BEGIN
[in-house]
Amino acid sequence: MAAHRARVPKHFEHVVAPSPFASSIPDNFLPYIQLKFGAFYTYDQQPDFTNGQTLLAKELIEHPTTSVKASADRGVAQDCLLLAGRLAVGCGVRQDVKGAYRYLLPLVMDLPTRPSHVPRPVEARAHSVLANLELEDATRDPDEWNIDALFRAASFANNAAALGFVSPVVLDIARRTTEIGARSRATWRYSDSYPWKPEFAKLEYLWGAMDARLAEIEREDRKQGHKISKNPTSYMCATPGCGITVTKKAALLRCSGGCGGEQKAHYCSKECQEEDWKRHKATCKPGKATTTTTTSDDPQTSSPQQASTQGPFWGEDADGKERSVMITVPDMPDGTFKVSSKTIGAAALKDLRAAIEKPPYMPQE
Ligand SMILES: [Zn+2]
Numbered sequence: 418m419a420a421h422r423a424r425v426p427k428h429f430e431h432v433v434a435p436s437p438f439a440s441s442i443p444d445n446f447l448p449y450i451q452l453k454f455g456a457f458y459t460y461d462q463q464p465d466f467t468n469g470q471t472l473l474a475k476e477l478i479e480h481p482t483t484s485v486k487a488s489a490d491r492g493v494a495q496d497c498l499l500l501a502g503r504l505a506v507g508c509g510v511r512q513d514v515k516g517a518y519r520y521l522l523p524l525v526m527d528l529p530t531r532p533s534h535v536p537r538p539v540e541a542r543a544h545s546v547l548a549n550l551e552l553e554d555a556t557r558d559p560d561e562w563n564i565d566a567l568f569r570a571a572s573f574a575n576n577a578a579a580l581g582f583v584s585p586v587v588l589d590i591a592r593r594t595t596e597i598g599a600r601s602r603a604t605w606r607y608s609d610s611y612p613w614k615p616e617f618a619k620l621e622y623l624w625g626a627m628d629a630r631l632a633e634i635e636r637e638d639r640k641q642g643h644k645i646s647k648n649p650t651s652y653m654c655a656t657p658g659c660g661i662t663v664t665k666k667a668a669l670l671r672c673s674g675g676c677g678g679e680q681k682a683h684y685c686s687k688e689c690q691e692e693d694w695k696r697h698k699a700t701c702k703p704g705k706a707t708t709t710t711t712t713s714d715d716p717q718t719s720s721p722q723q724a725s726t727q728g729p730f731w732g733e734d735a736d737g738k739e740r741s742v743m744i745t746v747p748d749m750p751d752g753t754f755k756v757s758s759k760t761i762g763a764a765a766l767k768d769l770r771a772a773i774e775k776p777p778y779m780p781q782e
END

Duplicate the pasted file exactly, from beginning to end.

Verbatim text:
[in-house]
Amino acid sequence: MAAHRARVPKHFEHVVAPSPFASSIPDNFLPYIQLKFGAFYTYDQQPDFTNGQTLLAKELIEHPTTSVKASADRGVAQDCLLLAGRLAVGCGVRQDVKGAYRYLLPLVMDLPTRPSHVPRPVEARAHSVLANLELEDATRDPDEWNIDALFRAASFANNAAALGFVSPVVLDIARRTTEIGARSRATWRYSDSYPWKPEFAKLEYLWGAMDARLAEIEREDRKQGHKISKNPTSYMCATPGCGITVTKKAALLRCSGGCGGEQKAHYCSKECQEEDWKRHKATCKPGKATTTTTTSDDPQTSSPQQASTQGPFWGEDADGKERSVMITVPDMPDGTFKVSSKTIGAAALKDLRAAIEKPPYMPQE
Ligand SMILES: [Zn+2]
Numbered sequence: 418m419a420a421h422r423a424r425v426p427k428h429f430e431h432v433v434a435p436s437p438f439a440s441s442i443p444d445n446f447l448p449y450i451q452l453k454f455g456a457f458y459t460y461d462q463q464p465d466f467t468n469g470q471t472l473l474a475k476e477l478i479e480h481p482t483t484s485v486k487a488s489a490d491r492g493v494a495q496d497c498l499l500l501a502g503r504l505a506v507g508c509g510v511r512q513d514v515k516g517a518y519r520y521l522l523p524l525v526m527d528l529p530t531r532p533s534h535v536p537r538p539v540e541a542r543a544h545s546v547l548a549n550l551e552l553e554d555a556t557r558d559p560d561e562w563n564i565d566a567l568f569r570a571a572s573f574a575n576n577a578a579a580l581g582f583v584s585p586v587v588l589d590i591a592r593r594t595t596e597i598g599a600r601s602r603a604t605w606r607y608s609d610s611y612p613w614k615p616e617f618a619k620l621e622y623l624w625g626a627m628d629a630r631l632a633e634i635e636r637e638d639r640k641q642g643h644k645i646s647k648n649p650t651s652y653m654c655a656t657p658g659c660g661i662t663v664t665k666k667a668a669l670l671r672c673s674g675g676c677g678g679e680q681k682a683h684y685c686s687k688e689c690q691e692e693d694w695k696r697h698k699a700t701c702k703p704g705k706a707t708t709t710t711t712t713s714d715d716p717q718t719s720s721p722q723q724a725s726t727q728g729p730f731w732g733e734d735a736d737g738k739e740r741s742v743m744i745t746v747p748d749m750p751d752g753t754f755k756v757s758s759k760t761i762g763a764a765a766l767k768d769l770r771a772a773i774e775k776p777p778y779m780p781q782e